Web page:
Some recent postings suggest that people avoid soy (tofu and soymilk) because of its effects on hormone levels. While confusion around this topic is certainly understandable, I can assure you as someone who has studied this area professionally for the past 20 years, when one considers the clinical (human intervention) data, there is no reason to be concerned about soyfoods. Confusion arises only when one considers the results of animal studies. However, not only do these studies have little relevance to humans—in part because rodents metabolize soy differently than humans1—there is no reason to rely upon them for insight because of the wealth of clinical data available on soyfoods.
With respect to the effects of soy phytoestrogens (isoflavones) on hormone levels, a recently published meta-analysis that included 32 clinical studies showed that neither isoflavone-rich soy protein nor isoflavones affect reproductive hormone levels in men, including both total and free testosterone and total and free dihydrotestosterone.2 Similarly, a meta-analysis that included 47 clinical studies showed neither soy nor isoflavones had meaningful effects on reproductive hormone levels in pre- or postmenopausal women. 3 Also, a recent comprehensive review found soy does not exert feminizing effects in men; this review included 9 studies that showed soy does not affect estrogen levels.4 It is noteworthy that many of the studies included in the two meta-analyses and one review cited above involved interventions in which soy and isoflavone exposure far exceed that typical for Asia.
As to the fermented vs. non-fermented soyfood issue, both foods are good choices. Both types contain equivalent amounts of isoflavones, so if isoflavones are a concern, one type of food doesn’t hold an advantage over the other. Arguments that fermented soyfoods are superior to non-fermented ones are often based on claims that fermentation inactivates or destroys protease inhibitors (which inhibit protein digestion) and phytic acid (which inhibits mineral absorption), compounds which are naturally present in soybeans and many plant foods. However, the digestibility of soy protein from non-fermented soyfoods approaches 100%, so there is little room for improvement.5-9 Furthermore, despite the presence of phytic acid and oxalate, current research indicates that daily soy consumption does not impact mineral absoroption over the long term.10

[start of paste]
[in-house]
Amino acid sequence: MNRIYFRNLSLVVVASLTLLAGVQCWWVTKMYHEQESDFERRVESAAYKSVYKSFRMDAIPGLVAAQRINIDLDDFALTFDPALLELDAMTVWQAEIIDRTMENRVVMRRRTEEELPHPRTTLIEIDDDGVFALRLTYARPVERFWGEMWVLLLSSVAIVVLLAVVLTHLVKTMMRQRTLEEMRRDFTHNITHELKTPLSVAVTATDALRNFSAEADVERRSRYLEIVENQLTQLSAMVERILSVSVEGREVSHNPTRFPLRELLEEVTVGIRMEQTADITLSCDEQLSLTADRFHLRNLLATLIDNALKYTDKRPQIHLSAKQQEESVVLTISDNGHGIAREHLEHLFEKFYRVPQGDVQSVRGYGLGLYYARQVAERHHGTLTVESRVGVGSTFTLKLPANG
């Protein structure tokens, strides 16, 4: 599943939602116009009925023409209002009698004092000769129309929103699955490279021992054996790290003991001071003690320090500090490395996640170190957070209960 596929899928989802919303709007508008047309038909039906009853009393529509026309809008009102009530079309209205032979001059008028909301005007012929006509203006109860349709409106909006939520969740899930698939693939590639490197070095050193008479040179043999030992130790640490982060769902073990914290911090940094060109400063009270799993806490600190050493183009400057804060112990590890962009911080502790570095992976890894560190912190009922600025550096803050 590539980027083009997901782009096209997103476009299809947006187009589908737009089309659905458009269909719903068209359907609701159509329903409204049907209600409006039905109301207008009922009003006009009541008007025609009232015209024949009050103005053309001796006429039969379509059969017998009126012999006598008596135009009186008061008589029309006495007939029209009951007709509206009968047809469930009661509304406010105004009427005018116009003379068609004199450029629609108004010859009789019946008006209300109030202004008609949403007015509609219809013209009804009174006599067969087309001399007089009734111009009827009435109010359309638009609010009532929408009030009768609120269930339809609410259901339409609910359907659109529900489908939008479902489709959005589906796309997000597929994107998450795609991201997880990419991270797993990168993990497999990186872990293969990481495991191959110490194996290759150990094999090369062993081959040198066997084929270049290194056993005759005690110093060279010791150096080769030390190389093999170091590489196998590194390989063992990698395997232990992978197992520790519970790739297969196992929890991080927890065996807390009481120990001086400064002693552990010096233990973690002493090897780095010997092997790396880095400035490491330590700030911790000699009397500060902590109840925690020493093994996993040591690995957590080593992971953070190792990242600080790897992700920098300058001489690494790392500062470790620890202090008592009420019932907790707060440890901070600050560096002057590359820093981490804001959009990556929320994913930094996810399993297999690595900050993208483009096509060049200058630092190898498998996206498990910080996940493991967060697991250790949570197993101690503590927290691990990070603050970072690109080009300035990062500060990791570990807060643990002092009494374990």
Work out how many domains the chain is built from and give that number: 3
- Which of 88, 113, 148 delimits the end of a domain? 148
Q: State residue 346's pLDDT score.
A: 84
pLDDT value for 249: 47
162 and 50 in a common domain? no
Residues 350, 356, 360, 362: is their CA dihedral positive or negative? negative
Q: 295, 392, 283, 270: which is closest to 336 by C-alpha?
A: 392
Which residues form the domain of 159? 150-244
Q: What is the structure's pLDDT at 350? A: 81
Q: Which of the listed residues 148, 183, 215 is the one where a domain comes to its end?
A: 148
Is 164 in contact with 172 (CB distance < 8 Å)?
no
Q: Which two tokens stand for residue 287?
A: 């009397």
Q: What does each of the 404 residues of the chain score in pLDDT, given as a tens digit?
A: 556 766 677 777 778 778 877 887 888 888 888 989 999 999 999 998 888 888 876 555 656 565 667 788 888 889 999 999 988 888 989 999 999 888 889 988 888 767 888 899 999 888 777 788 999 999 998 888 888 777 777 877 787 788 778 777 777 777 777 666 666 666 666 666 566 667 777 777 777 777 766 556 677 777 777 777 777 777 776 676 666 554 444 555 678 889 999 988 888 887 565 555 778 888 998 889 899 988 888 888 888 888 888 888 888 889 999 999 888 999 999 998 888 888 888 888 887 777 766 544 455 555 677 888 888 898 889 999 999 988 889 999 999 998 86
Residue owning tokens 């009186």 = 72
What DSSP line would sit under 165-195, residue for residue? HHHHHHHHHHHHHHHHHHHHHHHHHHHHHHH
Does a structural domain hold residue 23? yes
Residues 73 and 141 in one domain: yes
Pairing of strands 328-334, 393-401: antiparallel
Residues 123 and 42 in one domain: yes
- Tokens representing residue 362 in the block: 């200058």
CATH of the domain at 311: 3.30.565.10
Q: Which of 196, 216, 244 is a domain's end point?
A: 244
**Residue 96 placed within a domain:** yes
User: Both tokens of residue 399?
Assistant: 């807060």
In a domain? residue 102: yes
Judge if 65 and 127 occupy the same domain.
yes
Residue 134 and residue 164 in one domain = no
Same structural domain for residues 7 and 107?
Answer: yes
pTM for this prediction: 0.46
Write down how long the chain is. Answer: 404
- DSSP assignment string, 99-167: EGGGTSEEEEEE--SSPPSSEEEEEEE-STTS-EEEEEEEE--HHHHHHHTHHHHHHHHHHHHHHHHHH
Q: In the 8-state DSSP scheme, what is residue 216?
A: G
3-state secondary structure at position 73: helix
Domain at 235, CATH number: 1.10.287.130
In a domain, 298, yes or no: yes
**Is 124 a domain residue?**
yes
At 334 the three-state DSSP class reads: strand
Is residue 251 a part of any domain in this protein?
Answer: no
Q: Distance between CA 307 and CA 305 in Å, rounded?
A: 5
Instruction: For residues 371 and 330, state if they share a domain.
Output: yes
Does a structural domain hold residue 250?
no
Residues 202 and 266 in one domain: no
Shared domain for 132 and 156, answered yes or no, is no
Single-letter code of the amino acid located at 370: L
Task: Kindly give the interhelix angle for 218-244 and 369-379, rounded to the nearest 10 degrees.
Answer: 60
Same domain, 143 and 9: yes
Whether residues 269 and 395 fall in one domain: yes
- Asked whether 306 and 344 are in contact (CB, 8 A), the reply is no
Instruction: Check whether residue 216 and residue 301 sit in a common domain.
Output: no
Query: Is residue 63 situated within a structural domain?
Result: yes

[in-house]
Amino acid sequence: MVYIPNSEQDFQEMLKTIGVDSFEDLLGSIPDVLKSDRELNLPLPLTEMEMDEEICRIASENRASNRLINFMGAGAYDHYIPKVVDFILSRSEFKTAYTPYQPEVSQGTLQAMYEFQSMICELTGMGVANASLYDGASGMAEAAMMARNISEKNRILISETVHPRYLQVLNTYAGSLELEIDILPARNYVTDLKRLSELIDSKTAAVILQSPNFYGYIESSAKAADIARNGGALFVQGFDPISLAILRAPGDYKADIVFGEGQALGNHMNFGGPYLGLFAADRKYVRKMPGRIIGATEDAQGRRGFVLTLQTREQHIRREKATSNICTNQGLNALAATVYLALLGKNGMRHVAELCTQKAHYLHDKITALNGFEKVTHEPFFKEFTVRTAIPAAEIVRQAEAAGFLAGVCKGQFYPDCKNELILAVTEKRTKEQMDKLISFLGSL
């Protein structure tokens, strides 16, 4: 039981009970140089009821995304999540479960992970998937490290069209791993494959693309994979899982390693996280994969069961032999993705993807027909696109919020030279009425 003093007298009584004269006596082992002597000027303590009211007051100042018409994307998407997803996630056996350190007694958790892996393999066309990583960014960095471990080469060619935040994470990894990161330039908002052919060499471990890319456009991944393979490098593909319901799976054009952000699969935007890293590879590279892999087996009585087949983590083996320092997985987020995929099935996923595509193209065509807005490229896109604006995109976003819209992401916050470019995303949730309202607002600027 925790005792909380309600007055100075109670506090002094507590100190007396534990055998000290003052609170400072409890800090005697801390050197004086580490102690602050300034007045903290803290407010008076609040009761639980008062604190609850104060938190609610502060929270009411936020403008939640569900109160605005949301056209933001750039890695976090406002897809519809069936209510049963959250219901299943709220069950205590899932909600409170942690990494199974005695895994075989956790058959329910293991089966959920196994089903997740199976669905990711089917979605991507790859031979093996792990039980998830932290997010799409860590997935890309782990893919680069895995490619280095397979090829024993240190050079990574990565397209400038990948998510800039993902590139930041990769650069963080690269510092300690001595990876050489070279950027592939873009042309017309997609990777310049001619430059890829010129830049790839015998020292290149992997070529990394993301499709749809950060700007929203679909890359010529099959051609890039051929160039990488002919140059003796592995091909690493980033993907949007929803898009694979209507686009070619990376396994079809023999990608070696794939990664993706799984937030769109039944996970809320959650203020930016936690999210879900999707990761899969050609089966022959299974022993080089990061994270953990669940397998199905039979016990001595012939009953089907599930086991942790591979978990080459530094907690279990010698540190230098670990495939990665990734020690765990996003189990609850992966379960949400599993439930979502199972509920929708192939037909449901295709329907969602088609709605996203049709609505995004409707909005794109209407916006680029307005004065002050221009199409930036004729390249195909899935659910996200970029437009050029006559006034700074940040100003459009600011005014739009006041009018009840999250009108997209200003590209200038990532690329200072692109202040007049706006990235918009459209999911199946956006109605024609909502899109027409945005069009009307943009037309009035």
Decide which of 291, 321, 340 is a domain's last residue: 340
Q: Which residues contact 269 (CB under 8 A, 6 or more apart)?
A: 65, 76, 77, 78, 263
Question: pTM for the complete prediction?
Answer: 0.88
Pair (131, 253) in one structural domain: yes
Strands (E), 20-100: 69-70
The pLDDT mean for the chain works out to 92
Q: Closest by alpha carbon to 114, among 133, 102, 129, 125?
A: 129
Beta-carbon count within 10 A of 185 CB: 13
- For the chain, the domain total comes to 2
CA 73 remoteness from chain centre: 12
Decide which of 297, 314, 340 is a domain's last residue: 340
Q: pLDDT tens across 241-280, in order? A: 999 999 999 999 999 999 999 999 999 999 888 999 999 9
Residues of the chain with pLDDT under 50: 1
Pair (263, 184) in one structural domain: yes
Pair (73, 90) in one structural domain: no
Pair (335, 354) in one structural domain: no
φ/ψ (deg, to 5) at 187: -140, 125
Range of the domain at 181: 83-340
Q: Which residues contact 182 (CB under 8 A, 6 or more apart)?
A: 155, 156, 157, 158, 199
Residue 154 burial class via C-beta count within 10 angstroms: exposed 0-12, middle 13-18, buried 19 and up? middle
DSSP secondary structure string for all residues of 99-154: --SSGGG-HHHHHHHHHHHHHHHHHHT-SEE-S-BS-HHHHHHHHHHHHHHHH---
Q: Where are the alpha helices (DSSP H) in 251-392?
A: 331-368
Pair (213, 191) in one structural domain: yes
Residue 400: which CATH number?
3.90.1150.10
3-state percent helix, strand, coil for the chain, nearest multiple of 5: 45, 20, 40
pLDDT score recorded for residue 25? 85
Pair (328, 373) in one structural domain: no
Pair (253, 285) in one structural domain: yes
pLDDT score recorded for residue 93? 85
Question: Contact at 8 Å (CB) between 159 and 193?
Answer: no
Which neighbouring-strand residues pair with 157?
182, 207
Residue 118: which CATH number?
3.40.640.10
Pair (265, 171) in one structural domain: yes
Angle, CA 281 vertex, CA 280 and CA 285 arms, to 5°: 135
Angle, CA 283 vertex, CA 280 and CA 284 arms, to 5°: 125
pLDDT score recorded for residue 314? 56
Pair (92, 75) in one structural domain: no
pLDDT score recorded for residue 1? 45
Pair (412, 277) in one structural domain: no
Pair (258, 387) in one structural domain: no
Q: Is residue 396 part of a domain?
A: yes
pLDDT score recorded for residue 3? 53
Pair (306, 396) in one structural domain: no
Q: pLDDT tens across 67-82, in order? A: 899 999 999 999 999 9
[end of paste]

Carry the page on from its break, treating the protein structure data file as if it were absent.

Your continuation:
Finally, there is a considerable amount of evidence indicating that soyfoods provide health benefits independent of their nutrient content. For example, there are both animal and epidemiologic data indicating soy consumption during childhood and/or adolescence reduces breast cancer risk. In addition, there is evidence indicating soy may be useful for both the prevention and treatment of prostate cancer, and for several reasons, soyfoods are very heart-healthy. One can have a healthy diet without ever eating soyfoods but it would be unfortunate for people to avoid these nutritious foods because of a misunderstanding about their health effects.
Dr. Messina is the co-owner of Nutrition Matters, Inc., a nutrition consulting company, an adjunct associate professor at Loma Linda University, and the Executive Director of the Soy Nutrition Institute. Full bio >>
1. Guha N, Kwan ML, Quesenberry CP, Jr., Weltzien EK, Castillo AL, Caan BJ. Soy isoflavones and risk of cancer recurrence in a cohort of breast cancer survivors: the Life After Cancer Epidemiology study. Breast Cancer Res. Treat. 2009, 118, 395-405.
2. Hamilton-Reeves JM, Vazquez G, Duval SJ, Phipps WR, Kurzer MS, Messina MJ. Clinical studies show no effects of soy protein or isoflavones on reproductive hormones in men: results of a meta-analysis. Fertil. Steril. 2010, 94, 997-1007.
3. Hooper L, Ryder JJ, Kurzer MS, Lampe JW, Messina MJ, Phipps WR, Cassidy A. Effects of soy protein and isoflavones on circulating hormone concentrations in pre- and post-menopausal women: a systematic review and meta-analysis. Hum. Reprod. Update. 2009, 15, 423-40.
4. Messina M. Soybean isoflavone exposure does not have feminizing effects on men: a critical examination of the clinical evidence. Fertil. Steril. 2010, 93, 2095-104.
5. Gilani GS, Sepehr E. Protein digestibility and quality in products containing antinutritional factors are adversely affected by old age in rats. J. Nutr. 2003, 133, 220-5.
6. Chen ML, Lin T, Chen JS. Digestion and utilization of vegetable proteins in human subjects. Chin. J. Physiol. 1972, 21, 79-88.
7. Mariotti F, Mahe S, Benamouzig R, Luengo C, Dare S, Gaudichon C, Tome D. Nutritional value of [15N]-soy protein isolate assessed from ileal digestibility and postprandial protein utilization in humans. J. Nutr. 1999, 129, 1992-7.
8. Mariotti F, Pueyo ME, Tome D, Mahe S. The bioavailability and postprandial utilisation of sweet lupin (Lupinus albus)-flour protein is similar to that of purified soyabean protein in human subjects: a study using intrinsically 15N-labelled proteins. Br. J. Nutr. 2002, 87, 315-23.
9. World Health Organization. Protein and amino acid requirements in human nutrition. World Technical Series 935, Report of a Joint WHO/FAO/UNU Expert Consultation, United Nations University, 2007, Geneva.
10. Messina M, Watanabe S, Setchell KD. Report on the 8th International Symposium on the Role of Soy in Health Promotion and Chronic Disease Prevention and Treatment. J Nutr. 2009 Apr;139:796S-802S.